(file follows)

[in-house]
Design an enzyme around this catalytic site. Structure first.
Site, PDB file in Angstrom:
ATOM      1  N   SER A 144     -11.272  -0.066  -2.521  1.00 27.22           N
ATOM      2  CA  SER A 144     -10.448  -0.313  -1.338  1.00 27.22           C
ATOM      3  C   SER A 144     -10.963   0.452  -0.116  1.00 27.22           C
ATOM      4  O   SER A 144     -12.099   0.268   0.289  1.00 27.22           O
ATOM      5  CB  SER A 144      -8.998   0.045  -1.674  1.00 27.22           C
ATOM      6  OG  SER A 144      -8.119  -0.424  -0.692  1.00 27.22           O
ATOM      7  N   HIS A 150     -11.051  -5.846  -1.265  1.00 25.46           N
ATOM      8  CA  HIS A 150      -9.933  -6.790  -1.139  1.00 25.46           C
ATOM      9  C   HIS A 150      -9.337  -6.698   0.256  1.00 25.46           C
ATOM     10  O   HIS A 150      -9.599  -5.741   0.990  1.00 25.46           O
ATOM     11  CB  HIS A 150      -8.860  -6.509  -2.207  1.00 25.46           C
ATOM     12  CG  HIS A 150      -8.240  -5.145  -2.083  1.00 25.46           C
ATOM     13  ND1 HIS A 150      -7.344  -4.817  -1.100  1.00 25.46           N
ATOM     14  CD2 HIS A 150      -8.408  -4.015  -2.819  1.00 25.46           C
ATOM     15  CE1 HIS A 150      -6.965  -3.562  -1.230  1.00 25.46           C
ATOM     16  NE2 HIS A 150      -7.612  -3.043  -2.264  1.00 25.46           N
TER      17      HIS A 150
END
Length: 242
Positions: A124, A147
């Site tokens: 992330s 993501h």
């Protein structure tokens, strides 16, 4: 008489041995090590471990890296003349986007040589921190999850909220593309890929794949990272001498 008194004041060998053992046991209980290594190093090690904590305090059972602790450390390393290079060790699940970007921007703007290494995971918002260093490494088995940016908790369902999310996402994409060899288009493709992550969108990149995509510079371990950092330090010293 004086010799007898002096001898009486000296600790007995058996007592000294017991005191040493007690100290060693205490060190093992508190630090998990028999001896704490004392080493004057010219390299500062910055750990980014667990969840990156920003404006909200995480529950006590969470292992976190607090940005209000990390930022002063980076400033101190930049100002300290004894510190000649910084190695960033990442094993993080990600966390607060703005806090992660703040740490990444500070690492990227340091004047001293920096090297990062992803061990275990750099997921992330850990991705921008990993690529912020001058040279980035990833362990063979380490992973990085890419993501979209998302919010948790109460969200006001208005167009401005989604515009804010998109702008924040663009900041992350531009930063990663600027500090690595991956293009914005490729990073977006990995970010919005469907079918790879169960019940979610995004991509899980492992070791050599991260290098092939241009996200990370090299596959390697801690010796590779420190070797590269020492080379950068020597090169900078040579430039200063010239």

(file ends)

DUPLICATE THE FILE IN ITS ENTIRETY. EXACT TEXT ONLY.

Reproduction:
[in-house]
Design an enzyme around this catalytic site. Structure first.
Site, PDB file in Angstrom:
ATOM      1  N   SER A 144     -11.272  -0.066  -2.521  1.00 27.22           N
ATOM      2  CA  SER A 144     -10.448  -0.313  -1.338  1.00 27.22           C
ATOM      3  C   SER A 144     -10.963   0.452  -0.116  1.00 27.22           C
ATOM      4  O   SER A 144     -12.099   0.268   0.289  1.00 27.22           O
ATOM      5  CB  SER A 144      -8.998   0.045  -1.674  1.00 27.22           C
ATOM      6  OG  SER A 144      -8.119  -0.424  -0.692  1.00 27.22           O
ATOM      7  N   HIS A 150     -11.051  -5.846  -1.265  1.00 25.46           N
ATOM      8  CA  HIS A 150      -9.933  -6.790  -1.139  1.00 25.46           C
ATOM      9  C   HIS A 150      -9.337  -6.698   0.256  1.00 25.46           C
ATOM     10  O   HIS A 150      -9.599  -5.741   0.990  1.00 25.46           O
ATOM     11  CB  HIS A 150      -8.860  -6.509  -2.207  1.00 25.46           C
ATOM     12  CG  HIS A 150      -8.240  -5.145  -2.083  1.00 25.46           C
ATOM     13  ND1 HIS A 150      -7.344  -4.817  -1.100  1.00 25.46           N
ATOM     14  CD2 HIS A 150      -8.408  -4.015  -2.819  1.00 25.46           C
ATOM     15  CE1 HIS A 150      -6.965  -3.562  -1.230  1.00 25.46           C
ATOM     16  NE2 HIS A 150      -7.612  -3.043  -2.264  1.00 25.46           N
TER      17      HIS A 150
END
Length: 242
Positions: A124, A147
């Site tokens: 992330s 993501h």
């Protein structure tokens, strides 16, 4: 008489041995090590471990890296003349986007040589921190999850909220593309890929794949990272001498 008194004041060998053992046991209980290594190093090690904590305090059972602790450390390393290079060790699940970007921007703007290494995971918002260093490494088995940016908790369902999310996402994409060899288009493709992550969108990149995509510079371990950092330090010293 004086010799007898002096001898009486000296600790007995058996007592000294017991005191040493007690100290060693205490060190093992508190630090998990028999001896704490004392080493004057010219390299500062910055750990980014667990969840990156920003404006909200995480529950006590969470292992976190607090940005209000990390930022002063980076400033101190930049100002300290004894510190000649910084190695960033990442094993993080990600966390607060703005806090992660703040740490990444500070690492990227340091004047001293920096090297990062992803061990275990750099997921992330850990991705921008990993690529912020001058040279980035990833362990063979380490992973990085890419993501979209998302919010948790109460969200006001208005167009401005989604515009804010998109702008924040663009900041992350531009930063990663600027500090690595991956293009914005490729990073977006990995970010919005469907079918790879169960019940979610995004991509899980492992070791050599991260290098092939241009996200990370090299596959390697801690010796590779420190070797590269020492080379950068020597090169900078040579430039200063010239």